Thursday, February 14, 2008

Prophets of a Future Not Our Own

Below is a copy of Archbishop Romero's poem "Prophets of the Future" which serves as our conclusion to the "Prophets of Old" and our transition to becoming "Prophets of the Present." Preceding it is a short writeup I wrote last year, which was the Jubilee of the First Jesuit Companions, as a form of introduction concerning Archbishop Romero.
Oscar Romero has always been a familiar name to drop in discussions about Church involvement in socio-political affairs. But he has never been as meaningful to me as after I watched the profoundly moving film, “Romero”. Three things struck me in particular: his vision, his passion, and his compassion which correspond to the peculiar gifts of the Three Companions whose Jubilee we celebrate this year.

One Good Archbishop

Oscar Romero began with a narrow vision: a world of books, a Church of the church, which conservative forces in the Vatican would have noted in choosing him as prelate of San Salvador. Such a narrow mind implied narrow possibilities—a certain predictability that assured the survival of the institutional hierarchy of the Church in the middle of conflicting forces that threaten to destroy one another in his native land. Romero must have seemed to them an excellent choice: one good archbishop who will never bother to stir the hornet’s nest and will surely preserve the status quo, at least for “The Church”.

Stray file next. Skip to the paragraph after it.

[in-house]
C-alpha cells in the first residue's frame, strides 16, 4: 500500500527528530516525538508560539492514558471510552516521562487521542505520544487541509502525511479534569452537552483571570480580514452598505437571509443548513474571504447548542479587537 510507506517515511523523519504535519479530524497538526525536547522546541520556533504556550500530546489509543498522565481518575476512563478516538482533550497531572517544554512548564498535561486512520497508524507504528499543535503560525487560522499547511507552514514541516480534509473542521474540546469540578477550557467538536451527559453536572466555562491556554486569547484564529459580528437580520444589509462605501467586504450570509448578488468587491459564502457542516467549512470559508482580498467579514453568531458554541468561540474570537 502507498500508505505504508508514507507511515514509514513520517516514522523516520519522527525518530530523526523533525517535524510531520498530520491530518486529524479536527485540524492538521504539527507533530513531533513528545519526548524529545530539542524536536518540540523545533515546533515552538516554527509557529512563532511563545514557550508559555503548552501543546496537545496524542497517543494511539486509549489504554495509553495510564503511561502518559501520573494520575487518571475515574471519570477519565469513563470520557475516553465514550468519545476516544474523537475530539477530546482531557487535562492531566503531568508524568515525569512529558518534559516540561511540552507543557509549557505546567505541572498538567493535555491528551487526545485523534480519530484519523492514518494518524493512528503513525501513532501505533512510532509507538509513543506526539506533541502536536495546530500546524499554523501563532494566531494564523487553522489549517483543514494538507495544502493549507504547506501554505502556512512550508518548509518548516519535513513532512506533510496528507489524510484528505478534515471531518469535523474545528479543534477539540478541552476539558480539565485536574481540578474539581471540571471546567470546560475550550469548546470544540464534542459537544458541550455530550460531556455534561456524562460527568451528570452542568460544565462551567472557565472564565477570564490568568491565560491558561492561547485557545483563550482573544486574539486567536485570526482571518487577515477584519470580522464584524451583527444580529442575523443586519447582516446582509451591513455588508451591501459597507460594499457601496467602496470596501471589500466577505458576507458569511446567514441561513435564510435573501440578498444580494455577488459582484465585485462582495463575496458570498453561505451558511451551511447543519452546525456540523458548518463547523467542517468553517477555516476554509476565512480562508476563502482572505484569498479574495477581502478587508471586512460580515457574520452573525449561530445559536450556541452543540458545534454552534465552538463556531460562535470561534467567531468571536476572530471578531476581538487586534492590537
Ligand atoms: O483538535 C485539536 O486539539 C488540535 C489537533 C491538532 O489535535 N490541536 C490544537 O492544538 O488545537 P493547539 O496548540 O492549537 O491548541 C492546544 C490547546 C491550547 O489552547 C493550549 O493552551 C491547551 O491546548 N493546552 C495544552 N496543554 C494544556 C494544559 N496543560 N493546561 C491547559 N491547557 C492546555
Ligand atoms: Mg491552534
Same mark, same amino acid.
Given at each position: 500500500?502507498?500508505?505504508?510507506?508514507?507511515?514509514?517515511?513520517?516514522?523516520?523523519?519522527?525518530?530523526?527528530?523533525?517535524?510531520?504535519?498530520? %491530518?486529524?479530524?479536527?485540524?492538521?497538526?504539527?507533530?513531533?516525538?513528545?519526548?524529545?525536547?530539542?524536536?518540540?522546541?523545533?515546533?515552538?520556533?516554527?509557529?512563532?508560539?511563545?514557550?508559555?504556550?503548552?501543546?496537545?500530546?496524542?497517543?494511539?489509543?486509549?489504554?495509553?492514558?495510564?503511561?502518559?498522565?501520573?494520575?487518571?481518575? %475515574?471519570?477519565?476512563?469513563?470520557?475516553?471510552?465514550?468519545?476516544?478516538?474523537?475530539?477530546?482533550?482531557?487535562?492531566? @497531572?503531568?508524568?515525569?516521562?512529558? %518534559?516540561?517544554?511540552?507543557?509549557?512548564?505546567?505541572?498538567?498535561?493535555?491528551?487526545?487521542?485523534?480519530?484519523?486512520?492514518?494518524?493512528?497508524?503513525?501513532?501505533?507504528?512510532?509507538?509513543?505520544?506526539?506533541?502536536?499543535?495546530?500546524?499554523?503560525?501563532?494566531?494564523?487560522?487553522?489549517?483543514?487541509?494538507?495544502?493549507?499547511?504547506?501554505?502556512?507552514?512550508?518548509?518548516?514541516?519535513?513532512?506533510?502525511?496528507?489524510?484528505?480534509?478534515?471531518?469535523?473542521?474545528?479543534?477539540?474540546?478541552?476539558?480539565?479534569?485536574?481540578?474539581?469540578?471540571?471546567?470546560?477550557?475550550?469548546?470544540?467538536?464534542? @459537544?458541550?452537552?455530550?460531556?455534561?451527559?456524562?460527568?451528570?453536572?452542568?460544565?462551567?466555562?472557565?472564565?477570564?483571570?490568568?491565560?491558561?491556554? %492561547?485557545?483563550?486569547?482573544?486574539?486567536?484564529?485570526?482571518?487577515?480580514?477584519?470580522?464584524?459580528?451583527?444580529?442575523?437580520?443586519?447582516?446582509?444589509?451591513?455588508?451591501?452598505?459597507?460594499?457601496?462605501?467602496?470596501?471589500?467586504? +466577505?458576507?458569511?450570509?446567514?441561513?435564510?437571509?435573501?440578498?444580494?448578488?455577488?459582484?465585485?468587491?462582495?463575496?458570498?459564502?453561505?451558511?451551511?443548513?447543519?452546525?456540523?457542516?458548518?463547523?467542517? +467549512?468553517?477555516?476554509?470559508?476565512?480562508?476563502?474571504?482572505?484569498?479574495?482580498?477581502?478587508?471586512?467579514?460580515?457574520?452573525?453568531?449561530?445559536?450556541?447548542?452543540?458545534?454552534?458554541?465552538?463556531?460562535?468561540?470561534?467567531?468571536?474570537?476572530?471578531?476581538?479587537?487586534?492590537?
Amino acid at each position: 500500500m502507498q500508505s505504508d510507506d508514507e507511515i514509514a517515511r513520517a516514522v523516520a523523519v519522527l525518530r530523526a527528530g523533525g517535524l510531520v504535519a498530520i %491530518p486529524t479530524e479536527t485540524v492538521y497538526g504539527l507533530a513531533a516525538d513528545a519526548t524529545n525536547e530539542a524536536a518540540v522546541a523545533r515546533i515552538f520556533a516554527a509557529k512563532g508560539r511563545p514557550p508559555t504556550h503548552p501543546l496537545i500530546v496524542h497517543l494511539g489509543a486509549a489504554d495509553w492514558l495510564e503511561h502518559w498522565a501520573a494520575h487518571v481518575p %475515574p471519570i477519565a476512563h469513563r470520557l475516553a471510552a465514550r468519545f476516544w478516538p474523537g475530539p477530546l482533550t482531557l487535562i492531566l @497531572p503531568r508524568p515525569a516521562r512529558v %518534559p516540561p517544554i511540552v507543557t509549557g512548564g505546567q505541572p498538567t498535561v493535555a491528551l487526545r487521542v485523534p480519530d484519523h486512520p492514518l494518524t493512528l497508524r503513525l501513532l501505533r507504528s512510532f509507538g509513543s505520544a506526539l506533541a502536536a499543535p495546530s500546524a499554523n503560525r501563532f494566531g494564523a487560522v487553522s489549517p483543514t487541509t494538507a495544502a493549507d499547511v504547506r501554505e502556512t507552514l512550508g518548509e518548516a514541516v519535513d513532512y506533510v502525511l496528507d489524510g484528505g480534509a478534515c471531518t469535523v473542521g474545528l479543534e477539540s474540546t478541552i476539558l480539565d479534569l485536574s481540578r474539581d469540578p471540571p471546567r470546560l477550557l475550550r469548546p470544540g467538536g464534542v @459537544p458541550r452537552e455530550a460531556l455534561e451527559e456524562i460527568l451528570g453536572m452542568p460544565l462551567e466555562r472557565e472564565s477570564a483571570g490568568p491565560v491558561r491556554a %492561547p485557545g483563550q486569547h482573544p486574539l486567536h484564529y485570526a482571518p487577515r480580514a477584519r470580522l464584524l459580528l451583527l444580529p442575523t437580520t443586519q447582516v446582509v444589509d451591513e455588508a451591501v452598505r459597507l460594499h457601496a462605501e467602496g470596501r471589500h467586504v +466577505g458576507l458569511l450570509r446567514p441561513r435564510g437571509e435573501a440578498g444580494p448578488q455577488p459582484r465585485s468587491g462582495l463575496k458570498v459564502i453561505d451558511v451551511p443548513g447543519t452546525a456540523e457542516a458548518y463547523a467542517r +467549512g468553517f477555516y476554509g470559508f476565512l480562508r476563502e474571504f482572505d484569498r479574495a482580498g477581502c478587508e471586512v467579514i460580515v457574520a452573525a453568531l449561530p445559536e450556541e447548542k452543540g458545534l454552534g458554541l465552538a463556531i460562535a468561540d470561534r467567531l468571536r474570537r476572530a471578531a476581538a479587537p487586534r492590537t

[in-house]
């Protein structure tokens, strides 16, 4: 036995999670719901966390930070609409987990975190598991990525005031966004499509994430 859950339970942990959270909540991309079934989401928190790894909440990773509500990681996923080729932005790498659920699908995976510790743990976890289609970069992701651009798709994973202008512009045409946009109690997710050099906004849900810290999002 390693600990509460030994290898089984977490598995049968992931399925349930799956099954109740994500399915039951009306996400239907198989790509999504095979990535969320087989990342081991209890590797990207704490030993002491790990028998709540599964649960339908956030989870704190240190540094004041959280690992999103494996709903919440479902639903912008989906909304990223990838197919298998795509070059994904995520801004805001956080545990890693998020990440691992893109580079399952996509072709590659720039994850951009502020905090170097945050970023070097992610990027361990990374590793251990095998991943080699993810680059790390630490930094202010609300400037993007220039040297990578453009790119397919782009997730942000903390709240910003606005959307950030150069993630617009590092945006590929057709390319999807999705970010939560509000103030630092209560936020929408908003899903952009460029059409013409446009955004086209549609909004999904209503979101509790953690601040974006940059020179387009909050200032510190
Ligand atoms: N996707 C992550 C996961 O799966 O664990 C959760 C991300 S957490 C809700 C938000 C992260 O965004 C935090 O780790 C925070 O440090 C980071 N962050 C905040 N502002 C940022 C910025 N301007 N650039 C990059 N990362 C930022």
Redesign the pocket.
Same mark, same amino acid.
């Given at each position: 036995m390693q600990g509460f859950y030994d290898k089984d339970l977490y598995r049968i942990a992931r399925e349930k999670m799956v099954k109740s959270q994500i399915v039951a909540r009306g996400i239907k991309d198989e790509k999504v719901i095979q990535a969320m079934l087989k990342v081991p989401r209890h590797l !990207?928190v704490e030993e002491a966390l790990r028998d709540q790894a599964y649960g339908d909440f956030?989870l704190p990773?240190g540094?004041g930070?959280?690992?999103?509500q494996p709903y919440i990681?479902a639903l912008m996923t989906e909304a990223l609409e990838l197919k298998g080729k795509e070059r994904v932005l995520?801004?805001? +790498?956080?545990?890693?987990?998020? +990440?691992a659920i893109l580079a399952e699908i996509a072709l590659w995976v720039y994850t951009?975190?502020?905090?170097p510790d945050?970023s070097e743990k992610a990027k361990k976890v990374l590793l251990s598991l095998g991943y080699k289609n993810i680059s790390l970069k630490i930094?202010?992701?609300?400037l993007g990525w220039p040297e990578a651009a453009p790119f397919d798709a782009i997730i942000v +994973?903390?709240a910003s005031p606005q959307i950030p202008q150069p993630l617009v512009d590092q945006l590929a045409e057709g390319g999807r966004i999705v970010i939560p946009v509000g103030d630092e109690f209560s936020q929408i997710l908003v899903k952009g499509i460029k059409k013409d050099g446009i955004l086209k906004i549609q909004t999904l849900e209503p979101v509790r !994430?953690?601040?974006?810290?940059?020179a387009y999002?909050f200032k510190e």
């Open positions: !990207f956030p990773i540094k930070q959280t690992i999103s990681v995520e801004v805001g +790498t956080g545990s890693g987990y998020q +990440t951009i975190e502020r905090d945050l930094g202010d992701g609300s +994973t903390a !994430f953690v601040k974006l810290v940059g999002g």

But things turned out very differently. Moving from his small diocese of Santiago de Maria straight to the capital of El Salvador, Archbishop Romero began to see the situation from a wider perspective. He saw the wanton living of the military authorities and the business people who conspired to maintain their political and economic status. He saw the violence of the rebels, who were even joined by some of his priests who have ceased to believe in any other way to reform than bloody revolution. More keenly, he witnessed the anguish of the people who suffered horribly from this shameless plunder and useless conflict.

Vatican II asserts that nothing genuinely human fails to raise an echo in the heart of a follower of Christ. (GS, 1) It must have been a frightening cacophony of voices in the good bishop’s head: the subtle suggestions of the powers that be, the constant threats of the campesinos, and most of all the silent but piercing cry of the poor. Suggestions may be rejected and threats ignored; but even God who is in highest heaven, the Psalmist says, hears and is moved by the cry of the poor.

This awareness slowly, painfully led to the widening of Romero’s vision. He began to see that the interest of the Church is not only its own institutional preservation but first and most importantly, the welfare and dignity of persons whom God created in his likeness and Christ redeemed by his own blood. Romero’s famous words to his people were: “You are the Church.” The most moving scene in the film for me was that one in the parish occupied by the military. While the threat of death initially terrified Romero to peter out of retrieving the Sacrament in the desecrated church, the sight of the people emboldened him not only to return and rescue the sacramental species but to repossess the church and restore it to the people—the true Church of God. He began to see them as truly such and reminded them that they were in fact the presence of Christ here and now, tormented and crucified but on their way to redemption and liberation.